|The first excerpt represents the past or something you must release, and is drawn from The Case of the Golden Bullet by Grace Isabel Colbron and Augusta Groner:
and I am compelled to find out the secrets of others - not because
of my profession - no, because my own nature compels me - I must do
it. I have just come from Vienna and I bring the last of the proofs
necessary to turn you over to the courts. And yet you are a
thousand times better than the coward who stole the honour of your
wife and who hid behind the shelter of the law - and therefore,
therefore, therefore - " Muller's voice grew hoarse, then died
Kniepp listened with pallid cheeks but without a quiver. Now he
spoke, completing the other's words: "And therefore you wish to
save me from the prison or from the gallows? I thank you. What
|The second excerpt represents the present or the deciding factor of the moment, and is drawn from The Narrative of the Life of Frederick Douglass: An American Slave by Frederick Douglass:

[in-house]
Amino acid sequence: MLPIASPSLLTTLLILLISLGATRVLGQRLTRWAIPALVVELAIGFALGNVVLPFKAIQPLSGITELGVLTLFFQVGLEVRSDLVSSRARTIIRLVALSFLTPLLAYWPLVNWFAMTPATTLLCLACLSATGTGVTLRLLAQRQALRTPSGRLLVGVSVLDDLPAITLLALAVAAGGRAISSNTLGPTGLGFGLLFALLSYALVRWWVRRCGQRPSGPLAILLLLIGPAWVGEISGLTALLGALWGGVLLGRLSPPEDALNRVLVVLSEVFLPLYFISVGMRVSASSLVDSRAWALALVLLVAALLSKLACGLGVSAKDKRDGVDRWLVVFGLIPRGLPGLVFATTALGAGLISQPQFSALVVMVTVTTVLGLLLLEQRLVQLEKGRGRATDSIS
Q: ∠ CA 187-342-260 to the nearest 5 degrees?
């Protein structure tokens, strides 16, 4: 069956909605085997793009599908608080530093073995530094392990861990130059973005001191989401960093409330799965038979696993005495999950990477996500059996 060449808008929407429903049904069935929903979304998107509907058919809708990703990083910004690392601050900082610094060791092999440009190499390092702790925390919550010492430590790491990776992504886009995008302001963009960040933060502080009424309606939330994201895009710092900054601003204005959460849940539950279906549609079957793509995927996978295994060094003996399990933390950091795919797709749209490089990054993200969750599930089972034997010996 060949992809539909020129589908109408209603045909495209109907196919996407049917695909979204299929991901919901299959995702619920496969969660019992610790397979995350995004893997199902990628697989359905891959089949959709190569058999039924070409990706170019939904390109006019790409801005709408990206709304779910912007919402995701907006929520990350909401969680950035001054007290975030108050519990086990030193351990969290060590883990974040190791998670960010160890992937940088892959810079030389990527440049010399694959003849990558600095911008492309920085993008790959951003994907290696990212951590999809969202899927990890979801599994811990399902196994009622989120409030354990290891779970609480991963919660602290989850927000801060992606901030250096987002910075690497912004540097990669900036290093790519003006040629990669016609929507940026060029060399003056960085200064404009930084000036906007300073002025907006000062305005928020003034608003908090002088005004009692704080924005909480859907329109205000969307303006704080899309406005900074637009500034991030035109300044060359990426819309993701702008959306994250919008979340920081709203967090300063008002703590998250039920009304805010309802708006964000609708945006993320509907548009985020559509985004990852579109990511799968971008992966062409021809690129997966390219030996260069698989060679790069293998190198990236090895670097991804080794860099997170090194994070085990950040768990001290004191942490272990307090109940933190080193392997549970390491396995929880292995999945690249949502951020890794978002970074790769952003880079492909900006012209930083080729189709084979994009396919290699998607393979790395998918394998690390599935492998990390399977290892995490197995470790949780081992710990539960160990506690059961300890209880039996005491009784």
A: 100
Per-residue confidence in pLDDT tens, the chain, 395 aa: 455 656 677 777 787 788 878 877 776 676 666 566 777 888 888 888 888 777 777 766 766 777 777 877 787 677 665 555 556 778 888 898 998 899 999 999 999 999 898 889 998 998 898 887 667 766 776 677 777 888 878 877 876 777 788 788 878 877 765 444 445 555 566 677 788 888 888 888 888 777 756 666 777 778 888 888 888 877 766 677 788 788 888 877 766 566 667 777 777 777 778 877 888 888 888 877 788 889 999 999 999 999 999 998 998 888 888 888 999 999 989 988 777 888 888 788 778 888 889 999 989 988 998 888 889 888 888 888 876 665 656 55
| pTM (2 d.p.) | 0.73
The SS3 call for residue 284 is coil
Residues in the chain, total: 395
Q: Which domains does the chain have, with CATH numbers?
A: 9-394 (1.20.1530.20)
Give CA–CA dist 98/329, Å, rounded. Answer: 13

ened the slumbering energies of his soul, and con-
secrated him to the great work of breaking the rod
of the oppressor, and letting the oppressed go free!
I shall never forget his first speech at the conven-
tion--the extraordinary emotion it excited in my own
mind--the powerful impression it created upon a
crowded auditory, completely taken by surprise--the
applause which followed from the beginning to the
end of his felicitous remarks. I think I never hated
slavery so intensely as at that moment; certainly, my
The Narrative of the Life of Frederick Douglass: An American Slave
|The third excerpt represents the future or something you must embrace, and is drawn from Twenty Years After by Alexandre Dumas:
"Do you hear?" interrupted D'Artagnan; "become a Frondist,
my friend, belong to the Fronde, and remember that I fill
the count's place in everything;" and he jingled his money.
"Will you come?" said he to Porthos.
"Where?" asked Porthos, filling a second glass of wine.
"To present our respects to the cardinal."
Porthos swallowed the second glass with the same grace with
which he had imbibed the first, took his beaver and followed
D'Artagnan. As for Raoul, he remained bewildered with what
he had seen, having been forbidden by D'Artagnan to leave
the room until the tumult was over.
Twenty Years After